Next: Anisotropic plane-wave migration in Up: Shan and Biondi: Steeply Previous: Introduction

VTI media in tilted coordinates

A VTI medium is a medium that is transversely isotropic and has a vertical axis of symmetry. The phase-velocity of P-waves in VTI media can be expressed in Thomsen notation as follows Tsvankin (1996):
 (1)
where is the phase angle of the propagating wave, and f=1-(VS0/VP0)2. VP0 and VS0 are the P- and SV-wave velocities in the vertical direction, respectively, and and are anisotropy parameters defined by Thomsen (1986):

where Cij are elastic moduli. In equation (1), is the P-wave phase-velocity when the sign in front of the square root is positive, and the SV-wave phase velocity for a negative sign.

For plane-wave propagation, the phase angle is related to the wavenumbers kx and kz by the following relations:
 (2)
where is the temporal frequency. From Cartesian coordinates to tilted coordinates, we do a transformation as follows:
 (3)
where is the rotation angle.

Figure illustrates this change of symmetry axis during the coordinate transformation. The layered structure has a symmetry axis in the vertical direction in Cartesian coordinates (x,z) in the left panel. When we rotate the coordinates from (x,z) to , the symmetry axis in the new coordinates deviates from the direction.

In tilted coordinates , we have the following relation between wavenumber and phase angle :
 (4)
The symmetry axis is not vertical in tilted coordinates, so the angle between the direction of wave propagation and the symmetry axis is not the phase angle , but , where is the tilting angle of the tilted coordinates.. Therefore, VTI media in Cartesian coordinates become tilted TI media. The P-wave phase velocity in tilted coordinates can be expressed as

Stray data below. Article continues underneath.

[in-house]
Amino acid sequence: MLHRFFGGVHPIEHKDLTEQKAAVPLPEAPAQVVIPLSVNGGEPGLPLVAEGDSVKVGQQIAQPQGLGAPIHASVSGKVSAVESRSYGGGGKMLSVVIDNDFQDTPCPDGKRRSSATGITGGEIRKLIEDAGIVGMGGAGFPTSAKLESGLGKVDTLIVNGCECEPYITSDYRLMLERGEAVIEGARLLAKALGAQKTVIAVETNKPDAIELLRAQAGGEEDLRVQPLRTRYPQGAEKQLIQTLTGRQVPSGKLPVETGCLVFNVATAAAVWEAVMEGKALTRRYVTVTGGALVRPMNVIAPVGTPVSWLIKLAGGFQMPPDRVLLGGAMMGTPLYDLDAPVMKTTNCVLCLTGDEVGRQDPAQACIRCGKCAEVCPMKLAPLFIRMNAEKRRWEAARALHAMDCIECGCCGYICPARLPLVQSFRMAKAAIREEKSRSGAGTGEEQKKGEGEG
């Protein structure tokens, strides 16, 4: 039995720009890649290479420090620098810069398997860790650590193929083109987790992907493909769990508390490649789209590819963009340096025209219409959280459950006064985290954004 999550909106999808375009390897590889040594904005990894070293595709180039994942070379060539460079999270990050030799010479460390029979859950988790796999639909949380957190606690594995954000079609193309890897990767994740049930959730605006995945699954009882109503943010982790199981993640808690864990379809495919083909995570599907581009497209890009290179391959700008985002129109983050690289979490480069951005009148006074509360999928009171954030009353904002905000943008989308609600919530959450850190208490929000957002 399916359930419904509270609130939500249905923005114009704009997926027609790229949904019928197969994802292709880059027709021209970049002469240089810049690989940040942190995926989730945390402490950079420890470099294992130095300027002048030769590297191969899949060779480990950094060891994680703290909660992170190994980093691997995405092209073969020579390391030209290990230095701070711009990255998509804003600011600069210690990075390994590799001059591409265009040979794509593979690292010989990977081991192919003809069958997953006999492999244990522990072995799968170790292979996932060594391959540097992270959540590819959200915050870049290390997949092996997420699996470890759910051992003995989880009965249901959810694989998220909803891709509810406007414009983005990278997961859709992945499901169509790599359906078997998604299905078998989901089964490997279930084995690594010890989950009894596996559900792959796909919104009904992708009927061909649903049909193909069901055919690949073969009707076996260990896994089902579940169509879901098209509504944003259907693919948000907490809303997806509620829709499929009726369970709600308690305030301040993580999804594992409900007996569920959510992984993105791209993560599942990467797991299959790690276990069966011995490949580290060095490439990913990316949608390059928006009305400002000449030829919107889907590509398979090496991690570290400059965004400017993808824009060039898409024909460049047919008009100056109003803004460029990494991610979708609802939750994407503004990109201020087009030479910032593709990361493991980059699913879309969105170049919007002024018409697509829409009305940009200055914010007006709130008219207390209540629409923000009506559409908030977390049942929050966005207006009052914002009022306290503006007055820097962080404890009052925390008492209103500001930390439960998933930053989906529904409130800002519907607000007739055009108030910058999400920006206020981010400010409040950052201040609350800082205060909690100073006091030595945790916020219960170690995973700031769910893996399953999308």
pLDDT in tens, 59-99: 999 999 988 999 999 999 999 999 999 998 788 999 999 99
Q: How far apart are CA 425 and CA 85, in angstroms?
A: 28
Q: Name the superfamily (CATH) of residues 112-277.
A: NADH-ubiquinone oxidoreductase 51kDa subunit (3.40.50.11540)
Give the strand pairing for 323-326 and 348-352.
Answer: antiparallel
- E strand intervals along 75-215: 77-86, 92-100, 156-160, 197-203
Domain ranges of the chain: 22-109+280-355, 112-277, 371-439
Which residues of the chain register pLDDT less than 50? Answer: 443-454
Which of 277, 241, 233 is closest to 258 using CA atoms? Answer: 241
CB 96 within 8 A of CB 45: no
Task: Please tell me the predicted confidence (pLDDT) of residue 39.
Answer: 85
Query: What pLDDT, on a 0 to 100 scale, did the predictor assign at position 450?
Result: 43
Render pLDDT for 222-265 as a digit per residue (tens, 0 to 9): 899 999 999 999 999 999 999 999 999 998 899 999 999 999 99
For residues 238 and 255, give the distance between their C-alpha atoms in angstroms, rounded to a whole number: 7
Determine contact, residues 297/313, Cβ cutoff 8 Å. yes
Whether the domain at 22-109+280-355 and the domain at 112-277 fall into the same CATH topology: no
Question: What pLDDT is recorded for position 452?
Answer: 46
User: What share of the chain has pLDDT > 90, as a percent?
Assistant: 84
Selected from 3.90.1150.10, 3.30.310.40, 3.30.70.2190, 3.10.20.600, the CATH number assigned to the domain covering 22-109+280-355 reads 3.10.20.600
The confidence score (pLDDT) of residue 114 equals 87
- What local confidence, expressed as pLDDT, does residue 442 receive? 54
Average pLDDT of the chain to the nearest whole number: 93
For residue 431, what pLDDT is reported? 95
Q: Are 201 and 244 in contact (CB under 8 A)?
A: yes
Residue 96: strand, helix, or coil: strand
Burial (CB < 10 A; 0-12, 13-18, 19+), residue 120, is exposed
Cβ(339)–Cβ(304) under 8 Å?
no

(5)

vtitilt
Figure 1
VTI media in tilted coordinates. Left panel is a layer structure in Cartesian coordinates. Right panel is the layer structure in tilted coordinates.

Thus for a VTI medium in tilted coordinates we need a wave-extrapolation operator that can downward extrapolate the wavefield in tilted TI media. From equations (4) and (5), we can solve as a function of , and . The wavefield can be extrapolated in two steps. First, the wavefield is extrapolated by an isotropic operator as follows:
 (6)
where is the isotropic vertical spatial wavenumber. This isotropic operator can be implemented by the split-step method Stoffa et al. (1990), the general screen propagator Huang and Wu (1996), or Fourier finite difference (FFD) Ristow and Ruhl (1994). Next, the wavefield is corrected by an explicit correction operator. This correction operator is designed in the Fourier domain, and is implemented in the space domain. The correction operator in the Fourier domain is a phase-shift operator:
 (7)
In the space domain, this correction operator is a convolution filter. The coefficients of the convolution filter depend on , and , and they can be estimated by the weighted least-squares method Shan and Biondi (2004b).

Next: Anisotropic plane-wave migration in Up: Shan and Biondi: Steeply Previous: Introduction
Stanford Exploration Project
5/3/2005